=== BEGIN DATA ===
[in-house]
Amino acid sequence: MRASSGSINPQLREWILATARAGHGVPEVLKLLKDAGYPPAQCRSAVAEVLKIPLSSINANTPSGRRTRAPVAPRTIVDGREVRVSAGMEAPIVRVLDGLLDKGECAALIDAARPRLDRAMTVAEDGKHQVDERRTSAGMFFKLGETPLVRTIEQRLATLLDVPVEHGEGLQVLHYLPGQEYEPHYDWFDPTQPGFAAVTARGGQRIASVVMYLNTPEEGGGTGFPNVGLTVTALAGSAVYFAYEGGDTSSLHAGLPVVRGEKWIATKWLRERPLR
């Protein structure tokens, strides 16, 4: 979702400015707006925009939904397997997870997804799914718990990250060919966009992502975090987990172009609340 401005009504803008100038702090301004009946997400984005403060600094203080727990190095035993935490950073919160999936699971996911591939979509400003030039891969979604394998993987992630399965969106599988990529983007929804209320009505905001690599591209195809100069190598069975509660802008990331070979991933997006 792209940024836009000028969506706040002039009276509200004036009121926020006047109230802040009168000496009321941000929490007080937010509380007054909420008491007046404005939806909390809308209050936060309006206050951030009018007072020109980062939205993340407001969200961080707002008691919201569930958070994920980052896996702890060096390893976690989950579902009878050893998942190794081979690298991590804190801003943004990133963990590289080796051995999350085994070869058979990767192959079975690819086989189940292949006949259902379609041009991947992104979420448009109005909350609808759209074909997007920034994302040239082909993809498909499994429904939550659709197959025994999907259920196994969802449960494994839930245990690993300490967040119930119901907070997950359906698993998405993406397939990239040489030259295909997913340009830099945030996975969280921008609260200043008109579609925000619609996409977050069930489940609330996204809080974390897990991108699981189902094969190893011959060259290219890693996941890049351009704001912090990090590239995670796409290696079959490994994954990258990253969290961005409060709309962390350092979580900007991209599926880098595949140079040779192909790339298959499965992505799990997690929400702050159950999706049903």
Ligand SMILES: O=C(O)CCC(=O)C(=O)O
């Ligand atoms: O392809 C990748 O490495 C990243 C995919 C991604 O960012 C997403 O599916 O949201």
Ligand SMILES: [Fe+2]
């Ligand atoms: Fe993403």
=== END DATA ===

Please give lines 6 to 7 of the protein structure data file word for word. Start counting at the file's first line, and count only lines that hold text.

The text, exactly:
Ligand SMILES: [Fe+2]
């Ligand atoms: Fe993403």